Backfires But Won’t Start

If your dirt bike backfires when starting but won’t start, it could be caused by a couple of different issues. Poor jetting for your climate is a likely cause. 

However, if you’re just trying to start it after an engine rebuild, then there’s a chance that something is not installed correctly. If you have a 4 stroke dirt bike, then this could be caused by a camshaft that’s not properly timed, so the valves are opening at the wrong time. 

Poor jetting causing backfire – lean or rich?

Diagnosing a backfire can be tricky if you’re new to troubleshooting because it could be a lean or rich jetting mixture. Depending on your specific symptom, knowing it can help determine which way you need to go.

A backfire when trying to start usually means that there’s too much gas in the engine and/or carb. This means that the engine is trying to ignite it but there’s too much and it just “pops” some of it away. 

Is your pilot jet the right size?

A rich jetting mixture is a common issue when this happens, whether it be too big of a pilot jet or a clogged air filter. If you have a 2 stroke that’s backfiring when starting, try leaning out the air screw.

Or if you have a 4 stroke, try leaning out the fuel screw and see if it helps. If it helps but still backfires, then your pilot jet is most likely too big.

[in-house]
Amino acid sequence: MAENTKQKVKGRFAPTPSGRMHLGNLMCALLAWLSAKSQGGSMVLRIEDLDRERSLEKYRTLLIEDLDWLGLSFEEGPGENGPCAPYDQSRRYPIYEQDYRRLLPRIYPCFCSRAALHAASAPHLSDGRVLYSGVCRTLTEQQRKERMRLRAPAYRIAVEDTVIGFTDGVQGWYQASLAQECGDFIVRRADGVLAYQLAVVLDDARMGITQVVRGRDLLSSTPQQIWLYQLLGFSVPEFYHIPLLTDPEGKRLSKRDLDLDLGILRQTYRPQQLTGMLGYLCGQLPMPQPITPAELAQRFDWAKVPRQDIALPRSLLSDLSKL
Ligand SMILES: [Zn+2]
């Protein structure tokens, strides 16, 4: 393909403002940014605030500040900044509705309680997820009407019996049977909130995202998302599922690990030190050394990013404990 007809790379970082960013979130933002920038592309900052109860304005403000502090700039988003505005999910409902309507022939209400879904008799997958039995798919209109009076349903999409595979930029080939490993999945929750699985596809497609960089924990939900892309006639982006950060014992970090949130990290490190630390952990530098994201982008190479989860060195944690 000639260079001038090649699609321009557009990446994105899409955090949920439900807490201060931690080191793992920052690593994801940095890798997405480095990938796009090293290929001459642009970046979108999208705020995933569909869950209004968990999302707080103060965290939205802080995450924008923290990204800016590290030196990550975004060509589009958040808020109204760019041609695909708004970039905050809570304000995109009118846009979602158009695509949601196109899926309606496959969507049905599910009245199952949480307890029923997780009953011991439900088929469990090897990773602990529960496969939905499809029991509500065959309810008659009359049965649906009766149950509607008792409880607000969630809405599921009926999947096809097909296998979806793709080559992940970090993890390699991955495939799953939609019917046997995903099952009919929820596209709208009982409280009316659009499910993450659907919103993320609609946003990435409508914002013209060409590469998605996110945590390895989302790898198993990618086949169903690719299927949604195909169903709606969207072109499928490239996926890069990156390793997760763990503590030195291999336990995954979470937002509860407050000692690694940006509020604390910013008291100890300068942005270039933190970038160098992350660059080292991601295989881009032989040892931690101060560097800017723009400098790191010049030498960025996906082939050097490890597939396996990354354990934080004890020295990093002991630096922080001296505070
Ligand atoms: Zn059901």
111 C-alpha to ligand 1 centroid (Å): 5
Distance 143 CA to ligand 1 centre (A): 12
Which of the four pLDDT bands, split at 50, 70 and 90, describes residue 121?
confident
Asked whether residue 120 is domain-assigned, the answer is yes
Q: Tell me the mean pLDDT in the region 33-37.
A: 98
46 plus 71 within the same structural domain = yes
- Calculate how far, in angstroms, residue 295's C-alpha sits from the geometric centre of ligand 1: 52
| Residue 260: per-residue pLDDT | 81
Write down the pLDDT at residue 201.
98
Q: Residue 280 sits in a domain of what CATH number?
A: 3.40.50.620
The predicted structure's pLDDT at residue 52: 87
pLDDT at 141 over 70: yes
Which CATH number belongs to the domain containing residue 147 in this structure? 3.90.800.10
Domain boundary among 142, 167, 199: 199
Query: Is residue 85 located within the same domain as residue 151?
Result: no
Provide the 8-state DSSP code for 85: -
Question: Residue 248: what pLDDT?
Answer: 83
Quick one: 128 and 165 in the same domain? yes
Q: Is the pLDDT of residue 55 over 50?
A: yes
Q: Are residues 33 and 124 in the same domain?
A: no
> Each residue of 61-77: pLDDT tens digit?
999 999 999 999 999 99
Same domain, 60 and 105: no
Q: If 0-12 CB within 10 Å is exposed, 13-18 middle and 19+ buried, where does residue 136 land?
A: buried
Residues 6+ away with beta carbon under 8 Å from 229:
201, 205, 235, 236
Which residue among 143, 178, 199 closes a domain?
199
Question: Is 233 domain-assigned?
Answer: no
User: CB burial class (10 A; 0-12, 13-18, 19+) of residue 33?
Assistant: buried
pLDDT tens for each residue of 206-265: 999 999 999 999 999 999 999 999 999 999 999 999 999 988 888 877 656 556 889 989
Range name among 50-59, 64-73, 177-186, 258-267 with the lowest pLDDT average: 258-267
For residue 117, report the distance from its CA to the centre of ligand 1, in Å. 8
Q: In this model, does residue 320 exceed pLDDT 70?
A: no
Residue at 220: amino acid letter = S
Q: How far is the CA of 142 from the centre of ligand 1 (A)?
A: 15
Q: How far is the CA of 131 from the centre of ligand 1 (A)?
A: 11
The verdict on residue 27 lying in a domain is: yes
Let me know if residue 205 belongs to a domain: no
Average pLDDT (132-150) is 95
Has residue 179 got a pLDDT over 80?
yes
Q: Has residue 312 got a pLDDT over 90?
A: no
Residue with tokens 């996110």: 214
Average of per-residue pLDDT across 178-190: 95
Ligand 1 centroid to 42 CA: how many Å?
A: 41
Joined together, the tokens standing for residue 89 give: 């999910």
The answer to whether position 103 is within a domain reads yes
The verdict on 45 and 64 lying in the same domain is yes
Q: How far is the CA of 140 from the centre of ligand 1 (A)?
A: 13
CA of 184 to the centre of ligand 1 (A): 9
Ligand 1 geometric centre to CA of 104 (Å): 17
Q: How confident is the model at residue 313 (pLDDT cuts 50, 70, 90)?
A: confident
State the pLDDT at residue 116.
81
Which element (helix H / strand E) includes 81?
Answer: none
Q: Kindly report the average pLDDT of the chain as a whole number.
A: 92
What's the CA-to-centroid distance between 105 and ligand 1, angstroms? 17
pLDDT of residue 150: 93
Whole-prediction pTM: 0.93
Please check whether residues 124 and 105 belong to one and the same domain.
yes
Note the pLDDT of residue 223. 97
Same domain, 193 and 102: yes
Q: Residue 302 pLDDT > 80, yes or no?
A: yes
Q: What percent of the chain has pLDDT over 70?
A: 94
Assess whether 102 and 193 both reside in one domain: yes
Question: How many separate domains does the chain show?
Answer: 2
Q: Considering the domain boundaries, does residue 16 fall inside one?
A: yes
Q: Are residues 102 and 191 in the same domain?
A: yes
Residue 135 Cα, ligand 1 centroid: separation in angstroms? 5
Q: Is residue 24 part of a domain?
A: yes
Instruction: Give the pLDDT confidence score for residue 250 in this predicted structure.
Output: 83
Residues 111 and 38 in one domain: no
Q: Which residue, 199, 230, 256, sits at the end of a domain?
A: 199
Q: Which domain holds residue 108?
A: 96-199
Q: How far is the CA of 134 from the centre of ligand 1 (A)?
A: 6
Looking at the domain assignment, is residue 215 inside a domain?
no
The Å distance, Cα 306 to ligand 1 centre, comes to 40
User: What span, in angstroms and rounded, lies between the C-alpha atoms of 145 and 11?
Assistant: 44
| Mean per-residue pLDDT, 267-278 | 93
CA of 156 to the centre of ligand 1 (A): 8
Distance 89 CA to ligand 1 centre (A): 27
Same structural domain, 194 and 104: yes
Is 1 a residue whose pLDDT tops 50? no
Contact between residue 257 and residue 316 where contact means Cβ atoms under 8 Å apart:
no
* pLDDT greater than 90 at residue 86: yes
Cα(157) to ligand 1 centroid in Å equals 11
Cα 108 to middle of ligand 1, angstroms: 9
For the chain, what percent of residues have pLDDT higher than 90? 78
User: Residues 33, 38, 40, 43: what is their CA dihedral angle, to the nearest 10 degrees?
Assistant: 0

Fuel Screw On XR250 Carb Why Your Dirt Bike Is Backfiring: Should You Fix It?
Fuel scew on an older 4 stroke trail bike carb

Backfiring after kicking too many times

Another common problem is from trying to kick start your dirt bike too many times. If you have a poor starting technique or the carb is a little dirty, this can flood your engine with too much fuel and eventually ignite with a big “backfire” explosion.

This is more likely to happen when the engine is warm. Whether it’s poor jetting or a worn engine, just kicking harder isn’t going to fix the problem.

Dirt Bike Compression Test Why Your Dirt Bike Is Backfiring: Should You Fix It?
Kick Starting An Old Honda XR200

Pro tip: If you’re out on the trail and have a carbureted dirt bike that floods over, turn the gas off and tip the bike over on its side. This will drain the excess of gas out, then hold the throttle wide open until it starts to get the rest of it out – don’t forget to turn your gas back on after it starts! (Ask me how I know, lol)

Backfiring On Deceleration

Whether it’s a “pop”, “bang”, or “crackle”, backfiring when slowing down is fairly common on a 4 stroke dirt bike, but is it safe?

A little bit of popping on deceleration with the throttle closed is okay, but a lot of banging and popping will eventually do some damage. In either case, backfiring when slowing down on a dirt bike is usually caused by lean jetting.